Options for Landlords
Individuals who own properties for investment purposes can also benefit from offset products. Landlords, who typically utilise what's known as a "buy-to-let" mortgage, can take advantage of a special buy-to-let offset mortgage. Using this type of mortgage, property owners can roll their rental income into a linked account, and use that income to further offset their mortgage.
It's clear that offset mortgages have a broad appeal. The savings on mortgage interest, combined with tax advantages, can benefit most householders and landlords. They're also an attractive option for the self-employed as the money they set aside for taxes can be used as an offset in the interim. Whether you're a high earner looking for tax benefits, or a young borrower taking advantage of a family offset, there's an offset mortgage product that's right for you. It's wise to speak to an adviser or independent mortgage broker, who can steer you to the best mortgage deal for your individual needs.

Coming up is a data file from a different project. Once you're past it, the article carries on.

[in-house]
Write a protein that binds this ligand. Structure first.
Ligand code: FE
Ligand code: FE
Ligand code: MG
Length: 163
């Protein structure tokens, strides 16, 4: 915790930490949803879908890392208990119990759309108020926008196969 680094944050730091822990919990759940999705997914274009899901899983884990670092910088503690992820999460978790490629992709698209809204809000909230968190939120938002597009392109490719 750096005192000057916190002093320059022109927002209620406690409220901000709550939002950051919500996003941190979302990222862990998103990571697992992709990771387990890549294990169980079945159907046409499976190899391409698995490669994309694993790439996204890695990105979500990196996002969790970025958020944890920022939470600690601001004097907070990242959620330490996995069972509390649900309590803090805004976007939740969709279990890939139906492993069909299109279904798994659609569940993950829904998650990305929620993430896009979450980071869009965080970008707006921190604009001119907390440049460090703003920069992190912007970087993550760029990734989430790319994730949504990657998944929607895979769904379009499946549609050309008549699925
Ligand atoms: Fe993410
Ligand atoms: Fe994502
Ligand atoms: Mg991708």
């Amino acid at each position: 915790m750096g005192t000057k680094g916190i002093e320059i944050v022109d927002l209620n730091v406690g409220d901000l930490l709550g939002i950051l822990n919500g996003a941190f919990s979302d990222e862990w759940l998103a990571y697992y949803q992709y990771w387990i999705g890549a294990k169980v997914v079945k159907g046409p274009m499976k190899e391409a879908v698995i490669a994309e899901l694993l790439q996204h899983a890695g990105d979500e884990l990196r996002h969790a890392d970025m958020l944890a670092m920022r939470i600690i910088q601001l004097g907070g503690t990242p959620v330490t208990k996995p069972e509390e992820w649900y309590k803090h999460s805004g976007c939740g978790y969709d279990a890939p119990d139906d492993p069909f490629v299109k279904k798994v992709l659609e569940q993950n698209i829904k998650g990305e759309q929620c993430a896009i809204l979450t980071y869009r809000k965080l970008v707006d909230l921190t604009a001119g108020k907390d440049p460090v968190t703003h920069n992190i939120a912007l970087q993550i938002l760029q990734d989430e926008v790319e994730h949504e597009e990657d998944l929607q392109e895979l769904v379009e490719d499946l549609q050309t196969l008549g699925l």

Nicole Wiegand appreciates how confusing buying a mortgage can be when you are given a list of different kinds of products to choose from. Go to uswitch.com/mortgages/offset-mortgages/ to learn more about offset mortgages and how they work.Article source: http://articlebiz.com
There are no posted comments.
- Rosbank: Rapid Digital Transformation during Quarantine
- How To Pay Off Your Mortgage in 5-7 Years
- How To Remove a Bankruptcy From Your Credit History
- What Credit Score Will Get You A Mortgage?
- What are CAP rates (and why should I care)?
- Exactly how to Select the most effective and also Right Billing Factoring Company?
- How to remove your name from debt review
- How to Choose the Right Mortgage
- How To Find The Right Texas Mortgage Lender
- How a Mortgage Lender Can Help You
- 5 Things To Expect When Meeting with An Investor
- Remortgaging- is it the best option?
- 4 Mistakes You Should Avoid When Listing With An Agent In San Jose
- How to Create Marketable Commercial Mortgage Notes
- Here’s How Debt Consolidation Can Help You
- Home Loan Programs: How Recent Medical School Graduates Can Qualify
- VA Home Loan Programs: How Veterans in Need Can Benefit
- The 30-Second Trick for Australia Mortgages
- Reap Huge Benefits from USDA Home Loans
- Many Benefits of Veteran Loans
- All You Need To Know About HUD 184
- Are House Prices Canada's New Successful Birth Control?
- FHA Lowers the Monthly Mortgage Premiums - Should You Refinance Your FHA Loan?
- Credit Card Basics: How and When to Use Them
- Top 7 Tips for Buy to Let Mortgages
- Over One-Third of Income Spent on Mortgages or Rent in Many Households
- Tips for Mortgages
- Basics of How to Compare Loans: Understanding Index and Margin in Adjustable-Rate Mortgage Loans
- Analyzing the Terms and Conditions for a Mortgages Comparison